Anyone familiar with A Raisin in the Sun by Lorraine Hansberry might be familiar with the name Clybourne Park; it’s where the Younger family moves to when they leave a Chicago South Side Ghetto to go to a safer, cleaner, all-white neighborhood. Hansberry herself claimed that her family had made such a move and encountered lots of resistance. In A Raisin in the Sun, now getting a first-rate production at the Kirk Douglas, the Youngers are visited by Karl Lindner, the chairman of the Clybourne Park’s Welcoming Committee, who tries to dissuade them from the move.
Clybourne Park, a play by Bruce Morris now at the Mark Taper Forum, picks up where Hansberry’s play leaves off. The action switches to Clybourne Park where the white Stoller family is packing to leave. In comes Lindner to try and persuade them to stay.
The comparisons with A Raisin in the Sun, a truly great play, end there. Clybourne Park by Bruce Norris is a vastly inferior play. It won the Pulitzer Prize and is on its way to Broadway but the Pulitzer Committee has made mistakes before. The characters are decidedly one-dimensional stereotypes. This provides for some funny lines just as you would expect from stereotypes. Norris adds a subplot about a son who has killed himself (the reason, I guess, why the Stoller family wants to move). The play takes a full half hour to introduce the conflict of the black Younger Family moving in. While it may satisfy some liberal longing to see Mr. Stoller tell Lindner to “f” himself, it is not clear if this is from a real sense of racial justice or just Stoller’s desire to leave.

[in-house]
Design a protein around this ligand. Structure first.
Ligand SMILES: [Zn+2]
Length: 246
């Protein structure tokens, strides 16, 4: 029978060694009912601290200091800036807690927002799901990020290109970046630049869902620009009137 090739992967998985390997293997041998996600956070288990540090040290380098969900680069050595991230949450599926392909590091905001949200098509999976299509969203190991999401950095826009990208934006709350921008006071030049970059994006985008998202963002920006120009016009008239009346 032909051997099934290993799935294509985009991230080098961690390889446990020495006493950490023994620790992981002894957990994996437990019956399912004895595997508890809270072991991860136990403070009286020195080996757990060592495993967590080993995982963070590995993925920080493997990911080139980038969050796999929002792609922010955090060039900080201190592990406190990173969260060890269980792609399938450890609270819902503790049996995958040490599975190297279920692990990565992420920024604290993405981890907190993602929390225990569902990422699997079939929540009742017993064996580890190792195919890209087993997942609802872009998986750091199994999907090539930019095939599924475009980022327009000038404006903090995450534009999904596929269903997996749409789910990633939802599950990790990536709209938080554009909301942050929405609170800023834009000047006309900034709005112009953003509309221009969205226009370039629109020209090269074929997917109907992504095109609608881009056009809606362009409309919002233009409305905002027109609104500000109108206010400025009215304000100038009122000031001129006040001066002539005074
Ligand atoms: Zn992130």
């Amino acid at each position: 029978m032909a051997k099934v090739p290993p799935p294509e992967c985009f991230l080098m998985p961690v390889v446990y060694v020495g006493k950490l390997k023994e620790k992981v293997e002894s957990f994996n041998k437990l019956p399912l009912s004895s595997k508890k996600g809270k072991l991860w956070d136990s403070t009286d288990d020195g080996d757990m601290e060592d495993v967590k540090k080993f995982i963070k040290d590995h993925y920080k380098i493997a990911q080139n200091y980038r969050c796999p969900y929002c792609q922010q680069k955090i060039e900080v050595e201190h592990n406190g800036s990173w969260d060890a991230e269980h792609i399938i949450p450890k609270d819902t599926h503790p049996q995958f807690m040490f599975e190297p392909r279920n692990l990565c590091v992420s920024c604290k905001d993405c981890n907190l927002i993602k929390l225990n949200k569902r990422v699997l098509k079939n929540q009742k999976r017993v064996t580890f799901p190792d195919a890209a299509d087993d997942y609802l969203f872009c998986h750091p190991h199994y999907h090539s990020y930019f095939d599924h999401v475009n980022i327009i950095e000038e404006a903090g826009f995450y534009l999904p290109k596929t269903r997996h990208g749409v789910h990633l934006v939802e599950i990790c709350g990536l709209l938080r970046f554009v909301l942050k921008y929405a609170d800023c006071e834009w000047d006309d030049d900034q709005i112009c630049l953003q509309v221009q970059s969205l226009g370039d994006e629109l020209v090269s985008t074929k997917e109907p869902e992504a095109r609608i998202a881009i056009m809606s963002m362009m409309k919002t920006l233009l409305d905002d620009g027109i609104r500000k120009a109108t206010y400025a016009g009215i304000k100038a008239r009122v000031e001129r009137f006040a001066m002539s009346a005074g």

Act Two isn’t much better. The play skips 50 years and we find a group of people sitting around the abandoned Stoller house going over papers. Again it takes a good half hour to find out what they are doing there. I thought they were rehearsing a play. It seems a new White family who wants to move in wants to expand the house beyond the wishes of the community (which is now integrated thanks to the Youngers. Again we find an obnoxious neighbor who eventually reduces the argument to race. What race has to do with easements I will never know.
What is good about the play are the terrific performances by the cast, which includes Crystal A. Dickinson, Brendon Griffin, Damon Gupton, Christina Kirk, Annie Parisse, a terrific Jeremy Shamos, and Frank Wood. The director is Pam Mackinnon. Despite the fun of their performances and some funny lines, I say go see A Raisin in the Sun for a much more satisfying experience.
Clybourne Park will play at the Mark Taper Forum until February 26. A Raisin in the Sun plays at the Kirk Douglas Theatre until February 19.Powered by Sidelines